TWITCH OF THE DEATH NERVE aka BAY OF BLOOD (1971). Director: Mario Bava.
With Claudine Auger and a host of Italian actors mostly unknown outside of their native country. There are at least eight murderers, or people who have conspired to commit murder, in this gruesome, vaguely entertaining horror flick from Mario Bava, in which nearly a dozen people are killed in about eighty minutes, and there are nearly as many killers as there are victims. The large body count, and a number of images recycled in American movies, have led some critics to suggest that this film influenced the Friday the 13th series and other movies, which it may have, (if we are to assume that the “directors” of the Friday the 13th series even go to the movies!) Certainly the sequence with the machete-in-the-face and the double impalement of two writhing lovers in bed (both images were later used in Friday the 13th Part Two etc.) have a familiar zing to them. [The impalement scene is closely – but not immediately -- followed by a shot of a bug writhing on a pin.] The murders occur because several greedy sociopaths (virtually the entire cast of characters) are anxious to gain control of a valuable piece of bay side property that has tremendous financial potential. Some people are killed because they own or control the property rights; others because they are witnesses to some of the murders, and so on. The gore effects in the film range from the highly effective (the above machete scene) to the merely gross-but-unconvincing (a late beheading of an obnoxious woman). The plot – such as it is – is perfectly workable, but while the film holds the attention in its crude way, it is hardly the nail-biting, edge-of-your-seat experience that it should have been. It also cries out for an eerie musical score that would compliment some of the atmospheric photography. (For the most part, however, this lacks the atmosphere and color of Bava's superior Blood and Black Lace.) Some of the scenes are well-done but the picture has been ludicrously over-rated in certain quarters, In Leonard Maltin's Movie and Video Guide someone (I suspect it wasn't Maltin) writes of Bava's “extraordinary mastery of cinema technique.” Come on now -- Where is it in evidence in this film? The opening strangulation murder of a countess in a wheelchair is well-edited, but most of this movie is quite ordinary. Bava did some decent pictures (and many, many wretched ones) but he was hardly on the level of Alfred Hitchcock! He's not even on the level of his Italian Heir Apparent Dario Argento (who is also not in Hitch's league).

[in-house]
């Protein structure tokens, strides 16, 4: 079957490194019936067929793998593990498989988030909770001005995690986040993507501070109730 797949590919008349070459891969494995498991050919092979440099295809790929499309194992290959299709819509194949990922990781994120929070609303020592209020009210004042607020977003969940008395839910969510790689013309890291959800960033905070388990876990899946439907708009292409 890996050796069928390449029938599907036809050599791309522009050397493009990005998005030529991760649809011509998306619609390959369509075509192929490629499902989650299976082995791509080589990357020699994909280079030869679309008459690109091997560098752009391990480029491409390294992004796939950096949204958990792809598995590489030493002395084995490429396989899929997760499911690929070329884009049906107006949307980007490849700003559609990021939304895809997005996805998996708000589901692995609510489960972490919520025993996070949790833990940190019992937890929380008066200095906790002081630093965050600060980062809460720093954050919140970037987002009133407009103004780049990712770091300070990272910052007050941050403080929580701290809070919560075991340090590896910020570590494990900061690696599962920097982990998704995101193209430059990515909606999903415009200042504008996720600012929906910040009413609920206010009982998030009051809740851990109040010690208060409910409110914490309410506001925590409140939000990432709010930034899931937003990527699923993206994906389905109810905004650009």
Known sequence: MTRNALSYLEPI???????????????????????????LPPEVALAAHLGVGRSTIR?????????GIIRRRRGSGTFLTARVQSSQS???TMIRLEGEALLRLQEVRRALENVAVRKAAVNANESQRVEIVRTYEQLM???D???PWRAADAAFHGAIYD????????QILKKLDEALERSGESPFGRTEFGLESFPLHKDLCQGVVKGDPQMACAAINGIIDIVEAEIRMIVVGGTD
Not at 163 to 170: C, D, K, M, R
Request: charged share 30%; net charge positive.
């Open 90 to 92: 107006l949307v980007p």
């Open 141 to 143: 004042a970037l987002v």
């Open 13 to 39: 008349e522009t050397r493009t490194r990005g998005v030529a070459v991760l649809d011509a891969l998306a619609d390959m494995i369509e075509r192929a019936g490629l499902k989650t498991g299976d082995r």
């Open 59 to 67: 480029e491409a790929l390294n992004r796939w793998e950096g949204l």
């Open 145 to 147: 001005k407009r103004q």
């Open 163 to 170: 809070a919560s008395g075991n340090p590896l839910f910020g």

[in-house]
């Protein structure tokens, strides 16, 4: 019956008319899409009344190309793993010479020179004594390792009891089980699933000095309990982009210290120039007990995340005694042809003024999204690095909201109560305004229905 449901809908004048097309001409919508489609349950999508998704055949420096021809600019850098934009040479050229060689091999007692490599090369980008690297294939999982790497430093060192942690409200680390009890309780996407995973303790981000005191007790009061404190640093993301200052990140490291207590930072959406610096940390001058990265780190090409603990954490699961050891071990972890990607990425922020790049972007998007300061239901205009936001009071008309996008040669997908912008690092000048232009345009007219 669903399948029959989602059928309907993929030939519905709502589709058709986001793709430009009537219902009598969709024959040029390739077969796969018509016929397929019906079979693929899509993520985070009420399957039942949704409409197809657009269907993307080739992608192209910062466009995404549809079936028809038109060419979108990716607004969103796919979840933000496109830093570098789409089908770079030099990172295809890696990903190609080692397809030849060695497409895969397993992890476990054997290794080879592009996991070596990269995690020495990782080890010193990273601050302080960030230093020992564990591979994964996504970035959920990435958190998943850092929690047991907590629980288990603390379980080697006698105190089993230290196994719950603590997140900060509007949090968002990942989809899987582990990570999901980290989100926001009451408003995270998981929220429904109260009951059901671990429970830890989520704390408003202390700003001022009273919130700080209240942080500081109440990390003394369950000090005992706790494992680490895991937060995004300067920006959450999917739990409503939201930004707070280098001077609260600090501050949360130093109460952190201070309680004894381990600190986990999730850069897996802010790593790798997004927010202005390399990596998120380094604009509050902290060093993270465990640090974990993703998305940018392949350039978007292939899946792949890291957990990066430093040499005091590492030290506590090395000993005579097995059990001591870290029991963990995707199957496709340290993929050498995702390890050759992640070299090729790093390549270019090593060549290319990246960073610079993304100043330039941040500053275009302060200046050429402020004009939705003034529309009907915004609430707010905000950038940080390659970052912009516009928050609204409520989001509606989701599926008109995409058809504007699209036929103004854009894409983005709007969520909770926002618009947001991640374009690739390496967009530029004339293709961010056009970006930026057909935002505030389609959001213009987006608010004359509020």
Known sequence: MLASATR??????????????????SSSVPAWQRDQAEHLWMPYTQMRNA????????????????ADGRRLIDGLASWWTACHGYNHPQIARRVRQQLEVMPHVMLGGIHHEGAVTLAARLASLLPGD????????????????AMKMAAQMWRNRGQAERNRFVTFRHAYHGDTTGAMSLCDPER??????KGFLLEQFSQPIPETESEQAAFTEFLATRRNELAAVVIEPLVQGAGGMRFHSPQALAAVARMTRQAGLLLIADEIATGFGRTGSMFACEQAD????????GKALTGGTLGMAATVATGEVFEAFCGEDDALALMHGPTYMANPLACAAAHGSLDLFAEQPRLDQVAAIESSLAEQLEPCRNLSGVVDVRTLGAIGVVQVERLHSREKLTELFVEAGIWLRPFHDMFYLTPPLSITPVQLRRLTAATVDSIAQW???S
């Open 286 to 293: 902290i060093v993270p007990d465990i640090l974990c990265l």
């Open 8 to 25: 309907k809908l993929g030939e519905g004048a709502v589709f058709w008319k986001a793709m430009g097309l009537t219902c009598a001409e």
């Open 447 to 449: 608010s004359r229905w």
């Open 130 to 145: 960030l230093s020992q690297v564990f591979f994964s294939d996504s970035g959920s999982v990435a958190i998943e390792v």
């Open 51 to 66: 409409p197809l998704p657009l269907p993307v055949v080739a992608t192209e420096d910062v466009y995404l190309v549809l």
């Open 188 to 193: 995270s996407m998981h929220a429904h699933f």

Verdict: Not great, but worth a look for shocker fans.**1/2.